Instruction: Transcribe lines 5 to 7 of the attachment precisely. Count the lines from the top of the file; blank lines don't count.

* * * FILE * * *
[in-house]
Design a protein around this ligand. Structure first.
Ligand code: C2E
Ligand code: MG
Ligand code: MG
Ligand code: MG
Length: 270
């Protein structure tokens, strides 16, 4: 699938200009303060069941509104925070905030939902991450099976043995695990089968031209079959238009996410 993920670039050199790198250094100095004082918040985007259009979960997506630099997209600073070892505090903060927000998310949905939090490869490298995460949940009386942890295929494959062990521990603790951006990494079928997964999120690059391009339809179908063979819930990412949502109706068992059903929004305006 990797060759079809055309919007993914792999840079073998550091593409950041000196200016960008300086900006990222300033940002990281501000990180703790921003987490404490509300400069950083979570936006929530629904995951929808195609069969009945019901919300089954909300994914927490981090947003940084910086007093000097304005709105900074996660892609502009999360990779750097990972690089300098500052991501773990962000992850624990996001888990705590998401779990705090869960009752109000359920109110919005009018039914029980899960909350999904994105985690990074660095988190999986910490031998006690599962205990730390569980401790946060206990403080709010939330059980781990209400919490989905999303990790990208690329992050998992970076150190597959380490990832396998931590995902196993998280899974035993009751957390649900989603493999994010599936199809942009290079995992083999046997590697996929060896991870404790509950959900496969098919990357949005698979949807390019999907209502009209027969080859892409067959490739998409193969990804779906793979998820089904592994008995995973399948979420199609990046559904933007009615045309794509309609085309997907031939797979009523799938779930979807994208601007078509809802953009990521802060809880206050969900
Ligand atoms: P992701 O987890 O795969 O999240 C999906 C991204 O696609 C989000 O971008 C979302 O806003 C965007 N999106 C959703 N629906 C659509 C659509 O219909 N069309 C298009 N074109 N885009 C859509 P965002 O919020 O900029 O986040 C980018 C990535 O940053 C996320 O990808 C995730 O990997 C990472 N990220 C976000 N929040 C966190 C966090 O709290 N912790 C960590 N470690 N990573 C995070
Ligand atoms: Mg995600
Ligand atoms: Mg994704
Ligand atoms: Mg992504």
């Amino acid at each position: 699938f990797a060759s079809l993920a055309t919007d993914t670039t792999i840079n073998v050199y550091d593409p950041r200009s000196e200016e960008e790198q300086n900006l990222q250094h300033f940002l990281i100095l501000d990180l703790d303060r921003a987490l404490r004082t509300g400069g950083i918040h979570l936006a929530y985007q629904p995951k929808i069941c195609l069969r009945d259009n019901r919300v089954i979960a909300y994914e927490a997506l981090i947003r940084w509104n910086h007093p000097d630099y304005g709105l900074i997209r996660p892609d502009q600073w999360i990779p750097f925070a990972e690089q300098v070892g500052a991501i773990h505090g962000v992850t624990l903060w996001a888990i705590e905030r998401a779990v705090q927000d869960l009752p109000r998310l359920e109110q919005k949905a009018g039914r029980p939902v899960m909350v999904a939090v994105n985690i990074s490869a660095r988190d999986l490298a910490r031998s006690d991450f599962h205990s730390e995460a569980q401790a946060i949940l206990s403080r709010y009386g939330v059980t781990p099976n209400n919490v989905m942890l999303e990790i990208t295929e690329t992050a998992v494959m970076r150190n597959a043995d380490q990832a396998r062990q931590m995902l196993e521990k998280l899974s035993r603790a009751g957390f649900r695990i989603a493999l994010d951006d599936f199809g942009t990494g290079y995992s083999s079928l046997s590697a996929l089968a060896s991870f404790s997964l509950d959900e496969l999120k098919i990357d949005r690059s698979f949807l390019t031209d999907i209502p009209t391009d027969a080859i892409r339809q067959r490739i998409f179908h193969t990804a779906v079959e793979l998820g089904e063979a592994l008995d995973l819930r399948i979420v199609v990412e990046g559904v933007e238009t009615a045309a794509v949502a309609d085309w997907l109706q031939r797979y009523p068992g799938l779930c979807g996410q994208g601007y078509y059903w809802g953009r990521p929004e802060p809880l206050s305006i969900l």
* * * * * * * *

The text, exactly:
Ligand code: MG
Ligand code: MG
Length: 270